[DEATH BY CHINA opens in Cleveland on Friday September 7th exclusively at the Cedar Lee Theatre. Director Peter Navarro present to answer questions on September 8th following the 7:35 pm showing.]
Review by Bob Ignizio
This year's American Presidential race is largely about jobs, or the lack thereof. Of course each party blames the other for the mess, but according to the new film DEATH BY CHINA, the real reason stems from a rare case of bipartisan cooperation. Thanks to the joint efforts of Democratic president Bill Clinton and a Republican controlled congress, in 2001 China gained membership in the World Trade Organizatin for China, paving the way for U.S companies to engage in free trade with the Communist nation. It was supposed to open up new markets for American companies, and over time, help the Communist Chinese realize the error of their ways on human rights issues. Not quite.
Since 2001, 57,000 American factories have closed and millions of American jobs have been lost as multinational corporations moved their manufacturing operations to China. As for China's human rights record in the past decade, ask Chen Guangcheng or Ai Wei Wei. Of course U.S. trade policy with China isn't the only cause of our current financial woes, and even if China wasn't selling us a single microwave or big screen TV it's doubtful they'd be a haven for free expression by now. Still, as DEATH BY CHINA documents, our trade policy plays a huge role on both these issues, and it's far from the rosy “win/win” scenario we were sold.
Narrated by Martin Sheen, DEATH BY CHINA sets out to explain why “free trade with China” is really an oxymoron. Thanks to currency manipulation, lack of environmental regulations, lack of workplace safety rules, and even the use of slave and child labor, the economic playing field is anything but even.
China also has a documented history of stealing the technology and intellectual property of companies that relocate there. After a few years, the multinationals who were so keen to move their plants to China suddenly find themselves competing against Chinese companies making the same products, or in some cases having their factories completely taken over.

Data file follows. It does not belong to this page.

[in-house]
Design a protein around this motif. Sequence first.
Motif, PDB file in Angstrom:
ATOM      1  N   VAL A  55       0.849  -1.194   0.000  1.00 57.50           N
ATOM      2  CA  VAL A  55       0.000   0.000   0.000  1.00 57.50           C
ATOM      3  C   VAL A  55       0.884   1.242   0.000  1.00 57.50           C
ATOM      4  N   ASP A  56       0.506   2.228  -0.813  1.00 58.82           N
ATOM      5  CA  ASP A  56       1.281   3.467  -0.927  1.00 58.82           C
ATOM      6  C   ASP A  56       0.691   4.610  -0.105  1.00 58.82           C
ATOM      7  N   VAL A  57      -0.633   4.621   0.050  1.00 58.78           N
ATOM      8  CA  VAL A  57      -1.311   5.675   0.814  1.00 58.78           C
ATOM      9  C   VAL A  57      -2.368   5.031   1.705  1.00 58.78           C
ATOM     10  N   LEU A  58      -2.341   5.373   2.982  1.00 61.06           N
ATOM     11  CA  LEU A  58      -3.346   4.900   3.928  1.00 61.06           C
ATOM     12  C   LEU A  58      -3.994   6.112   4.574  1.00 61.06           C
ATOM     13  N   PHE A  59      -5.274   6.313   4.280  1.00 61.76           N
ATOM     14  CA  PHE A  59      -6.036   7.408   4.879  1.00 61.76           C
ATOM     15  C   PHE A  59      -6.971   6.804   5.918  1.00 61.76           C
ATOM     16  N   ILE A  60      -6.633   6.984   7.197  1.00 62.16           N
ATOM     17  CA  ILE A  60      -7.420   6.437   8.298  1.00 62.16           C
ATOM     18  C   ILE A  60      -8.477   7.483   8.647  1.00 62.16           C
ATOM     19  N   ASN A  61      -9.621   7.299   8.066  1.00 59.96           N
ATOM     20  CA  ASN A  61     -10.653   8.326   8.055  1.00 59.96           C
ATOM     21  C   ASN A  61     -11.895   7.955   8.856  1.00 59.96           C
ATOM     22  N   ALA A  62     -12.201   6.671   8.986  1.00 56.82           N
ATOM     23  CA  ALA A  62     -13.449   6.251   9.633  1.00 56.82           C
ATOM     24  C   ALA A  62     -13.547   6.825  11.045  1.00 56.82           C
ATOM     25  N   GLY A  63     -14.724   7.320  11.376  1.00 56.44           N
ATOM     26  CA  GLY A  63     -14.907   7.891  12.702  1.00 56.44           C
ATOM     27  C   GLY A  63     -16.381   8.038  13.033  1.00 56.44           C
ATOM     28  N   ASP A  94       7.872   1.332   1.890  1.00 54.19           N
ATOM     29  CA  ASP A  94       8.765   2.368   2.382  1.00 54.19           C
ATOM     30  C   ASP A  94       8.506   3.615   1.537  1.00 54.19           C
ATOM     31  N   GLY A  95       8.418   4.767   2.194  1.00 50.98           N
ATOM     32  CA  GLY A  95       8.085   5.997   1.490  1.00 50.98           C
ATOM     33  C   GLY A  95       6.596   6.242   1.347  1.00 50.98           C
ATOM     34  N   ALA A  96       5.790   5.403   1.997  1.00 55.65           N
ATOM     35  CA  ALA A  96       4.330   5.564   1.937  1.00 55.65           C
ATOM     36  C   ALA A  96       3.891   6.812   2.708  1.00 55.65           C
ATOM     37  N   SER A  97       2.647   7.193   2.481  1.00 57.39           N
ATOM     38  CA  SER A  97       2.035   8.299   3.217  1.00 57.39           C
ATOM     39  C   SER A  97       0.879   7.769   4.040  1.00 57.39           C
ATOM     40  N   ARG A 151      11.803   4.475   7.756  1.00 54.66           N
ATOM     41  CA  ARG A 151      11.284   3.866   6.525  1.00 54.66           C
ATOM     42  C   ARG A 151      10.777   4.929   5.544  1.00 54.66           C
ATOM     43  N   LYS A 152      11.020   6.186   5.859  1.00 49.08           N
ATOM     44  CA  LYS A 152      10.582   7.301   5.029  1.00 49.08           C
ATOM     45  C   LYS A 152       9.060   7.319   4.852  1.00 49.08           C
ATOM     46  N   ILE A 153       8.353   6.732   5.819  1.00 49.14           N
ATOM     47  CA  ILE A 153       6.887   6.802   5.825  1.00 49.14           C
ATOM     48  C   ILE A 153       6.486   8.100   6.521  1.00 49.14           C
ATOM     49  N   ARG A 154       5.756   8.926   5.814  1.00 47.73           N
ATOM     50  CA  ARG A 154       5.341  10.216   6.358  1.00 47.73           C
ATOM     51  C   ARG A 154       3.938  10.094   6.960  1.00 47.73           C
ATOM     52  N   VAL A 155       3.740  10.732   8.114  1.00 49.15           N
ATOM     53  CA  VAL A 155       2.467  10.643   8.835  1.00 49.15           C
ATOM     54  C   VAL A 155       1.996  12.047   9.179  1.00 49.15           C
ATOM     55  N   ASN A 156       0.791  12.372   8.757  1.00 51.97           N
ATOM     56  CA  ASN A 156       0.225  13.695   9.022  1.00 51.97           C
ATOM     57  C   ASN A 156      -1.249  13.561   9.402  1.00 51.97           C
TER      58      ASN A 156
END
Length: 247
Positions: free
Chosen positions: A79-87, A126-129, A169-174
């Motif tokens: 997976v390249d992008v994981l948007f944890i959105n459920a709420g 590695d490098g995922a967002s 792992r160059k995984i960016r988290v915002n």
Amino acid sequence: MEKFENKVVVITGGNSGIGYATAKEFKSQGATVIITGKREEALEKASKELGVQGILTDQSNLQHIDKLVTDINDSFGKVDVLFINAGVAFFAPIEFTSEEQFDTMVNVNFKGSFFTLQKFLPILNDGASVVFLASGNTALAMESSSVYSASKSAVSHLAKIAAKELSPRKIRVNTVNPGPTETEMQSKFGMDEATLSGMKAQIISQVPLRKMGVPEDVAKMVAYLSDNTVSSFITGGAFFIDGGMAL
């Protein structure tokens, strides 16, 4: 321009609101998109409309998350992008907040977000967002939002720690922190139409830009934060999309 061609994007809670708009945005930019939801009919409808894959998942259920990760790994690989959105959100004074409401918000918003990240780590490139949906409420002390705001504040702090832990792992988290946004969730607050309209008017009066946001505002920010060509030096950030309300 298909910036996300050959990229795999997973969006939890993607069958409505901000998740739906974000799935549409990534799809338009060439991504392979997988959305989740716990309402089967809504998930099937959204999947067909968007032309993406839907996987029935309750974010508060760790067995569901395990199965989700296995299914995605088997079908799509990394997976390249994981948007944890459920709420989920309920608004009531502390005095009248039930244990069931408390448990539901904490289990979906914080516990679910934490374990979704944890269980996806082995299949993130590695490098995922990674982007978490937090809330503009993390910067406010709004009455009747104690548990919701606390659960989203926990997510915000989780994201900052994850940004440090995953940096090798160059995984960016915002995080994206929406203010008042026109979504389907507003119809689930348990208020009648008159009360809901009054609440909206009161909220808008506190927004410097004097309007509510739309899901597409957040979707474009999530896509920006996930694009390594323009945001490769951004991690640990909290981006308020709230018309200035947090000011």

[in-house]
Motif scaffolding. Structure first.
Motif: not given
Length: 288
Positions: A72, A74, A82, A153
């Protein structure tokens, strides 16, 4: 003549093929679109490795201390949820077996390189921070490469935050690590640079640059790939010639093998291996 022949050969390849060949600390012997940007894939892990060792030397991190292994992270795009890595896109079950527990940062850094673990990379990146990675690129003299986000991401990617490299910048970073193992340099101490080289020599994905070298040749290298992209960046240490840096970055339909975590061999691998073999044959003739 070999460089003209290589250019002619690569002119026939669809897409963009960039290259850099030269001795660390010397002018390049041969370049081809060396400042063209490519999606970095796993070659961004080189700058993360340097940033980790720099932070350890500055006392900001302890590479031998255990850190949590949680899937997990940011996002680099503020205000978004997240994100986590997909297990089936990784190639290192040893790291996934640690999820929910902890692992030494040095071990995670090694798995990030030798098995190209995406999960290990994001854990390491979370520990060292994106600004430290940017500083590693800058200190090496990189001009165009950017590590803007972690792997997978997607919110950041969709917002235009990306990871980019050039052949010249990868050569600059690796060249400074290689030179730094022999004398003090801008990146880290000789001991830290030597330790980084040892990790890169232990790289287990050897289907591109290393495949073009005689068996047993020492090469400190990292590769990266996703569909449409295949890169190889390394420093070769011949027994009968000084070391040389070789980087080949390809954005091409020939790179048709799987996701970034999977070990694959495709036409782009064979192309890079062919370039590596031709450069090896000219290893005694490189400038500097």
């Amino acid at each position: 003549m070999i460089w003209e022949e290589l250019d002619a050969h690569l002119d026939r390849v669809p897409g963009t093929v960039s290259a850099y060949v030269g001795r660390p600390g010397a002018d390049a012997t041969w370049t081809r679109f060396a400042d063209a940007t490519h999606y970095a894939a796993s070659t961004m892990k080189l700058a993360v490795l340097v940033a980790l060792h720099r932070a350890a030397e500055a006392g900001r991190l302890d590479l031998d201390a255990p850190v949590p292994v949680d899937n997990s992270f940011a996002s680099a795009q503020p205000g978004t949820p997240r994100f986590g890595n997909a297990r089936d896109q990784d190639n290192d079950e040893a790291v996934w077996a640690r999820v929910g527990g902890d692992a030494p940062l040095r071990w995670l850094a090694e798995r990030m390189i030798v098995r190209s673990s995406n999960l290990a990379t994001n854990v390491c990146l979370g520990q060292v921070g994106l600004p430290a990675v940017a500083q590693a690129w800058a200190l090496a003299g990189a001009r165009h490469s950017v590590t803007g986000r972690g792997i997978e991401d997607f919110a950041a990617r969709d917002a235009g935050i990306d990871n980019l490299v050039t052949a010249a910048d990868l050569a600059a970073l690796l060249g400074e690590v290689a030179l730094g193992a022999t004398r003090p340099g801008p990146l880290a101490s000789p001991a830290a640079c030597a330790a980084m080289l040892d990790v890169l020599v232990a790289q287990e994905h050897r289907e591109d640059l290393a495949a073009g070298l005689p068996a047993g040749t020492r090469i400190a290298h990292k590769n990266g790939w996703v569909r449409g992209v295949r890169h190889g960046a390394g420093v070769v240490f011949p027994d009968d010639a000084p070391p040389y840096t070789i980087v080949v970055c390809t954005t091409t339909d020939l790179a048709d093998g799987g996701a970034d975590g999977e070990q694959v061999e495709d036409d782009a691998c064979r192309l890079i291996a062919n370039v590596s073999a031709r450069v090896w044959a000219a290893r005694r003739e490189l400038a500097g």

Not only is this bad for the economy, it's bad for defense. According to the film, the U.S. can't make a single military plane without using Chinese parts. Finally, there's also the health and safety concerns with Chinese products. Remember the pet food and toy recalls in 2007?
Obviously one wants to use caution when viewing political documentaries like this one. Film has considerable power to manipulate the emotions, and unlike a book, it can be more difficult to check the veracity of sources – movies don't generally have footnotes or bibliographies. Still, there's a fairly respectable parade of talking heads from both left and right, and not just from the political sphere, who all seem to agree this is a major problem. They also all seem to agree on the solution: we need to reform our trade policy with China.
DEATH BY CHINA was written and directed by economics professor Peter Navarro, adapted from his book of the same name. While I wouldn't tell him to quit his day job just yet, he does a competent job of translating his thesis to the film medium. Nothing fancy or special, mind you; just a bunch of people talking into a static camera and a few animations. And unlike far too many political documentaries, Navarro doesn't feel the need to try and turn his film into a snarky comedy just to hold the attention of his audience. Navarro has faith that what his film has to say is compelling and important enough in its own right. It is. 3 1/2 out of 4 stars.